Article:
This chapter examines the principal themes addressed in detail and in depth by the contributors to this volume, highlighting the formative points in the Alawi community's contemporary experience in Syria, and analysing some of the challenges the Asad regime faced in its struggle to maintain power during 2011-14. Leading Syria experts present new perspectives on contemporary Alawi history, politics and sociology, analysing the Syrian state system, its political economy and governing elites, and the Alawi community's differing responses to the civil war which, to a large extent, have been overshadowed by the regime's focus on harnessing this community's fate to its own survival. Placing the contemporary Alawi experience in its historical context this volume offers readings of its journey from rural obscurity in late Ottoman times, political autonomy under the French Mandate system, migration and socio-economic development in independent Syria, the assumption of political supremacy under the leadership of former President Hafez al-Asad and his efforts to consolidate a secular Arab nationalist state, the unravelling of this state in the context of the recent Arab uprisings, and President Bashar al-Asad's approach to the early years of Syria's civil war.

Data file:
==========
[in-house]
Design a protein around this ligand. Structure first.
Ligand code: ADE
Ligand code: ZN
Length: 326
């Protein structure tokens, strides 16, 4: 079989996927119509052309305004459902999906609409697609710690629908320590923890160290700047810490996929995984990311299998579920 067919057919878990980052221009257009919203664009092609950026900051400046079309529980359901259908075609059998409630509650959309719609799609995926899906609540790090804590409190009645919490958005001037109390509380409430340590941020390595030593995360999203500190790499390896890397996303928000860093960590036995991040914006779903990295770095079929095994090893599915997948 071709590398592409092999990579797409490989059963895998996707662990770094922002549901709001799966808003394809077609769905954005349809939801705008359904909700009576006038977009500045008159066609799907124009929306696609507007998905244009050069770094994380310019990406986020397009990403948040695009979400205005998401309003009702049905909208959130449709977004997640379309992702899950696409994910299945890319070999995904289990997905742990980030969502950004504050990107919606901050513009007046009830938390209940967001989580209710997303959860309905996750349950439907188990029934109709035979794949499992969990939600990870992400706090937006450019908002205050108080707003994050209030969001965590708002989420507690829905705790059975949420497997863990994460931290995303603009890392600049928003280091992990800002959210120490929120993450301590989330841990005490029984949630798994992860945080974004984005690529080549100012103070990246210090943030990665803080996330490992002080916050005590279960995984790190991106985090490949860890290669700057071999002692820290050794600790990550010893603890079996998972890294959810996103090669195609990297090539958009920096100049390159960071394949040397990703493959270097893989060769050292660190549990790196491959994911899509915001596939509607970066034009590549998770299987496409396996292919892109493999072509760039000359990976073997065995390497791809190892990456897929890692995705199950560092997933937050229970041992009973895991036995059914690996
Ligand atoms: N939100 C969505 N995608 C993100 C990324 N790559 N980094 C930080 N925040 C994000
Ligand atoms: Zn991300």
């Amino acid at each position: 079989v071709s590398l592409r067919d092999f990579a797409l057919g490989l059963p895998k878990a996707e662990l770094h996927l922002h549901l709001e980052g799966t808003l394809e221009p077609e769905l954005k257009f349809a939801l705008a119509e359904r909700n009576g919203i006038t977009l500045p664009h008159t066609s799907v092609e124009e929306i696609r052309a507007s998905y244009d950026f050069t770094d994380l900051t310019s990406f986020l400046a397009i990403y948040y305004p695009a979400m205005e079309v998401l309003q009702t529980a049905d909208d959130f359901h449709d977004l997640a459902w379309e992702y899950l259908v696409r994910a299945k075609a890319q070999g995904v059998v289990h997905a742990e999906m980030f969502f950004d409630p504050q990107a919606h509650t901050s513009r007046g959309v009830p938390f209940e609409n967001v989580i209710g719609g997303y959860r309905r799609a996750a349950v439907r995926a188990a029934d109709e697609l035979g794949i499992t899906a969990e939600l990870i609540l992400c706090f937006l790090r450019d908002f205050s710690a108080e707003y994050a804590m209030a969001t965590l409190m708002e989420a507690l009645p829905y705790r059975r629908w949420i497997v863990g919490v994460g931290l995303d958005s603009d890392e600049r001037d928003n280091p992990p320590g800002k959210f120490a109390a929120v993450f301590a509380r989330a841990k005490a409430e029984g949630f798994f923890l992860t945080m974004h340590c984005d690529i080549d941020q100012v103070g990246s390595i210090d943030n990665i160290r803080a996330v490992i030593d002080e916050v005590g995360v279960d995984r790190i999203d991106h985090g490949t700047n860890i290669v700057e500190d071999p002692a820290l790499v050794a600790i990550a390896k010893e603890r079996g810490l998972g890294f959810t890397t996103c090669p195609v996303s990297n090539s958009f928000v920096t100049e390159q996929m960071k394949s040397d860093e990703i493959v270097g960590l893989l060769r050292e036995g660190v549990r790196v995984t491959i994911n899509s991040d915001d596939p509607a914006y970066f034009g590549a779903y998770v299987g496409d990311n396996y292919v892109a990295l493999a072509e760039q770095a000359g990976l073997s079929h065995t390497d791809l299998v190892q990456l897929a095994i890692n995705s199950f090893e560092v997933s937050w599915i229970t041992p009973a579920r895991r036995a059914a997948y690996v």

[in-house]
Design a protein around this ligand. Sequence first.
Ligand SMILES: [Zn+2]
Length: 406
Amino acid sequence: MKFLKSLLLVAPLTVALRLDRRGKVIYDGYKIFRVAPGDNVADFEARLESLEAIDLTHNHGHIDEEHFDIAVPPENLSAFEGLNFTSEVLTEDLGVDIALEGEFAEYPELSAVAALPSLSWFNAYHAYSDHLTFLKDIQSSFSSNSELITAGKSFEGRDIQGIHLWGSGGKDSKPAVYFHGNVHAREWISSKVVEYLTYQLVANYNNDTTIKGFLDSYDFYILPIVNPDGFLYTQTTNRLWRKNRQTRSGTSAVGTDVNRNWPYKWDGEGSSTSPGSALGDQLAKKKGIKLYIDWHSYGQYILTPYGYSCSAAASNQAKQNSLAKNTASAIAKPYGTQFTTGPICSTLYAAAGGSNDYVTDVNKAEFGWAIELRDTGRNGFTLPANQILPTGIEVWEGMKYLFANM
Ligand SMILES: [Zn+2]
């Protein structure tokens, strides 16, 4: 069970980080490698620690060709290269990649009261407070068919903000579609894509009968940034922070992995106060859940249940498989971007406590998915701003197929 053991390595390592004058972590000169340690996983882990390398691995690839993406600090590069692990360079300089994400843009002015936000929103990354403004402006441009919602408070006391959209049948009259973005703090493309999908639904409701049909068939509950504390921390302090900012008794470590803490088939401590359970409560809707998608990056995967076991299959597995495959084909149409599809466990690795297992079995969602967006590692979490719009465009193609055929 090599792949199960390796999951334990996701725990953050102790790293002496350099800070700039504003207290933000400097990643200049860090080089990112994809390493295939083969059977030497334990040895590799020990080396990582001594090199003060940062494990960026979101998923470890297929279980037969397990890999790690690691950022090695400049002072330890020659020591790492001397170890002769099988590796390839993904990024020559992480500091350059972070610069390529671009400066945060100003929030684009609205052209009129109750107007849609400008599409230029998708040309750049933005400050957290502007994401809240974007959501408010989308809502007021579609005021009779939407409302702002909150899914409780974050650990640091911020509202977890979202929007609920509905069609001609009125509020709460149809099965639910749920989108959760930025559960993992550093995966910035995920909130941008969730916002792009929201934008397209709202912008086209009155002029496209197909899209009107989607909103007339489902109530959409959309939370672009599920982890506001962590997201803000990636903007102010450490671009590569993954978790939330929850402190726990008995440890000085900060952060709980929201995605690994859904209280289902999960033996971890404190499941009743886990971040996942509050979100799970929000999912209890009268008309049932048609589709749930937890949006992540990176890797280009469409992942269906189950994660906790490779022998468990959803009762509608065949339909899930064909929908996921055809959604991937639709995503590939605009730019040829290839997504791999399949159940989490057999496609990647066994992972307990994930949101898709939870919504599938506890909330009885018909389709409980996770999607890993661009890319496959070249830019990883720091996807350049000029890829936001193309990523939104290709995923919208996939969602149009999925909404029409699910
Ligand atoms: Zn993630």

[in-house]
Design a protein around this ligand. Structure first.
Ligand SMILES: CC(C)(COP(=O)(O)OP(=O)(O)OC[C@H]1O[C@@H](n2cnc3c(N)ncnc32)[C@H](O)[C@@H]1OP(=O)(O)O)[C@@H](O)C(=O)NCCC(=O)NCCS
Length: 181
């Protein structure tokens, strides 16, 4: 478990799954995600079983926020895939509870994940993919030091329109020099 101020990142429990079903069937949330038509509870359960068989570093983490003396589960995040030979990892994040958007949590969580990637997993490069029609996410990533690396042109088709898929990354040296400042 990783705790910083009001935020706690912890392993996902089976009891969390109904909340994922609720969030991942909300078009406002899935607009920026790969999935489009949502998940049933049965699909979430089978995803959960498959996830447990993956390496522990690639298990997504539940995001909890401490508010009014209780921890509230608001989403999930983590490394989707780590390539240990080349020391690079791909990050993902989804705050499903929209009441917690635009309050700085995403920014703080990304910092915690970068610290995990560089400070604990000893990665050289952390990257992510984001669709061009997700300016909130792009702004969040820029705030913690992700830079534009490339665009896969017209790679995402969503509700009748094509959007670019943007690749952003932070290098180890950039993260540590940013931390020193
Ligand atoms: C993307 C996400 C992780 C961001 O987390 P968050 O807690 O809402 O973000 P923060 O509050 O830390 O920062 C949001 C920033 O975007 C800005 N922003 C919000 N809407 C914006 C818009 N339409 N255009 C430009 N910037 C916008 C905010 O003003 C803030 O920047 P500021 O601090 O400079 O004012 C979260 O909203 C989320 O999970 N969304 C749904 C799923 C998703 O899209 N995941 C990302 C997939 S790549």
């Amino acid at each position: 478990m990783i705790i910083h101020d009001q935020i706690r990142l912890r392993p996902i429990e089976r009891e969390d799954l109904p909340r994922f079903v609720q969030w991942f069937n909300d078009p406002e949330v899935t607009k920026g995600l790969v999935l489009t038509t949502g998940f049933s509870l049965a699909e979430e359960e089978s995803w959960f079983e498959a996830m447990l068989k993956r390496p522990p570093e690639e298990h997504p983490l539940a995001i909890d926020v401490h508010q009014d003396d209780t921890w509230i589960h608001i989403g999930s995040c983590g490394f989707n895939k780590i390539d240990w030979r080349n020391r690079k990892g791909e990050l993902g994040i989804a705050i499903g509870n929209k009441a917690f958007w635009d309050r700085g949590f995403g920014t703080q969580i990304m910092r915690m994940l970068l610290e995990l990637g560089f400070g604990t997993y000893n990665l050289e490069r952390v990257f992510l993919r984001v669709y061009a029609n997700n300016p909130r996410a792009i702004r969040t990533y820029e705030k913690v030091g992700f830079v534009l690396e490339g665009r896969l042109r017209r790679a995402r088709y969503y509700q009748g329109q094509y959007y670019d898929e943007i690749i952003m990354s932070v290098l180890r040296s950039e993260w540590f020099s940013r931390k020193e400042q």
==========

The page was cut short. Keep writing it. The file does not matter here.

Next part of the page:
Oxford Scholarship Online requires a subscription or purchase to access the full text of books within the service. Public users can however freely search the site and view the abstracts and keywords for each book and chapter.
If you think you should have access to this title, please contact your librarian.